Evidence-based policy advice is supposed to further the solving of societal problems. However, the process of solving societal problems is political by its nature, as Renate Mayntz and Fritz W. Scharpf (1995, Scharpf 1997) explain, using their framework of actor-centred institutionalism. Societal problems are policy problems because a single actor is unable to solve the respective problem by themselves. Either they require the resources of other actors or the problem is caused by other actors. There are some problems that may be solved just by coordination, for example if every car drives on the same side of the road – no matter if it is left or right – everybody benefits and nobody is discriminated against. However, in most cases, solving policy problems results in a redistribution of material values. For example, environmental protection is not only a matter of pollution limits and technological improvements but also involves questions of redistribution, like taxation and subsidies as well as a change in the behaviour of citizens and companies. Thus, in the policy process political actors even contest whether a situation is considered a policy problem. Climate change has long been neglected as a policy problem, and now, facing overwhelming scientific evidence for man-made climate change, aspects of redistribution still occur throughout debates of climate policy.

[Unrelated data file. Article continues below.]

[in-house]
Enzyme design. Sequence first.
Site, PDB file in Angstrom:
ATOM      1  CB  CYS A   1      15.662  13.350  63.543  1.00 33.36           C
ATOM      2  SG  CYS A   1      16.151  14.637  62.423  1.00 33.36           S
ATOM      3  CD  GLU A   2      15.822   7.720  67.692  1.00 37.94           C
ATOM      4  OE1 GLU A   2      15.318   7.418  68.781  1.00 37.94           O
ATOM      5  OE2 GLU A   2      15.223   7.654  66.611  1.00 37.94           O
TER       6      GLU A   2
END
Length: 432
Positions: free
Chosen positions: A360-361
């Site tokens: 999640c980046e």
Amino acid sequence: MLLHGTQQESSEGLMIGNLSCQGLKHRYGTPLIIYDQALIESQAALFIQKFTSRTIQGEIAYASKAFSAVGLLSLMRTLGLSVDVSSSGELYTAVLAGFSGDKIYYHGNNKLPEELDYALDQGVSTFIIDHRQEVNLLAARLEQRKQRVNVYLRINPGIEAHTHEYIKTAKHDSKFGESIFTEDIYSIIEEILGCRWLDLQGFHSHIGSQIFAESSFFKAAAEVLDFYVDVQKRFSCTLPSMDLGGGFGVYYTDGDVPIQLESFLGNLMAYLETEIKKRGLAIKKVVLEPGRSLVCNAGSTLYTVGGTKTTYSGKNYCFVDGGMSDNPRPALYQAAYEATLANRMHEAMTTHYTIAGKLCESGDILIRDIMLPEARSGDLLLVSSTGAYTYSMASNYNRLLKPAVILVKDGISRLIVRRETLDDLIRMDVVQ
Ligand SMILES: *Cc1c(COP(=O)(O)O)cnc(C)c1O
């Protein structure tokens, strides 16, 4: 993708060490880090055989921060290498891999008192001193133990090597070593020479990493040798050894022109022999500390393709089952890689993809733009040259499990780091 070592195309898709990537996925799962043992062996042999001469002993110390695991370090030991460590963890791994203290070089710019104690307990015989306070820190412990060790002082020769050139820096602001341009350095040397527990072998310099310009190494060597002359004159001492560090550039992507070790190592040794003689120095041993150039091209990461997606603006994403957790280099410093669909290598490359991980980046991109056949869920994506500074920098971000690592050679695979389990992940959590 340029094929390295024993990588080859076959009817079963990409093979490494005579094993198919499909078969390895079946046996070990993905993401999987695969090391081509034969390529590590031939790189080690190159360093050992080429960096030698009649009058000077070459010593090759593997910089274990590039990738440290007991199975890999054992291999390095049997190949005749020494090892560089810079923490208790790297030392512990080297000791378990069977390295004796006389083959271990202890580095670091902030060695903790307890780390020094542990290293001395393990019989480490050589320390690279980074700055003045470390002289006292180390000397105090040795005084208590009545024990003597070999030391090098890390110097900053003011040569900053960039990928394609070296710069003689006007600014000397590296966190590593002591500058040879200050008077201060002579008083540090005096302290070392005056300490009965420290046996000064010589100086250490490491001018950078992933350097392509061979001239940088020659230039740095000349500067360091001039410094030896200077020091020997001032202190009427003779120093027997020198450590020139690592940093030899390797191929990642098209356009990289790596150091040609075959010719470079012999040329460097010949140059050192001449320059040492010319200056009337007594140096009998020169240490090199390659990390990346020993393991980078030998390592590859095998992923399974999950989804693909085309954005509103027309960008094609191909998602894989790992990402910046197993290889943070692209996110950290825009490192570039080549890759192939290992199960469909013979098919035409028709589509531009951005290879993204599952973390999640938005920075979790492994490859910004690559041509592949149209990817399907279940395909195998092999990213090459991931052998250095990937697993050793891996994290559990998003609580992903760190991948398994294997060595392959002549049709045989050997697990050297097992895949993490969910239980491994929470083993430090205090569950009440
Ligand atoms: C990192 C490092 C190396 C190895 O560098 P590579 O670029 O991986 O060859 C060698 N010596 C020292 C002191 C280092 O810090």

Evidence-based policy advice may reduce uncertainty in policy decisions. However, it may not reduce ambiguity. In ambiguous situations, political actors perceive and interpret policy problems differently and have various problem solutions of equal standard at their disposal. Further information may not resolve that situation. Taking the ambiguity of policy-making into account, John W. Kingdon (2014, Herweg/Zahariadis/Zolnhöfer 2018) argues in the multiple streams framework, that societal problems are set on the political agenda if there is an opportunity for political actors to focus attention on a problem and push a solution to that problem. Such an opportunity emerges when three processes meet: the perception of a problem specifically as a policy problem, the debate on ideas and policy alternatives, and the competition and negotiation of political actors – in Kingdon’s terms: the problem stream, the policy stream, and the politics stream join up with another and open a policy window. Policy windows may open due to changes either in the problem stream or in the politics stream. The politics stream may change as a result of a change in government, for example. In the problem stream, evidence may highlight a problem, e.g. by unemployment figures, measurements of environmental pollution or evaluations of policy measures. As a prerequisite for a policy window, at least one policy alternative has to be accepted in the policy stream. The policy stream is regarded similarly to the process of evolution: policy proposals compete and mutate and are refined and recombined. Evidence supports or opposes policy positions but political debates are mainly governed by ideas, beliefs, and values.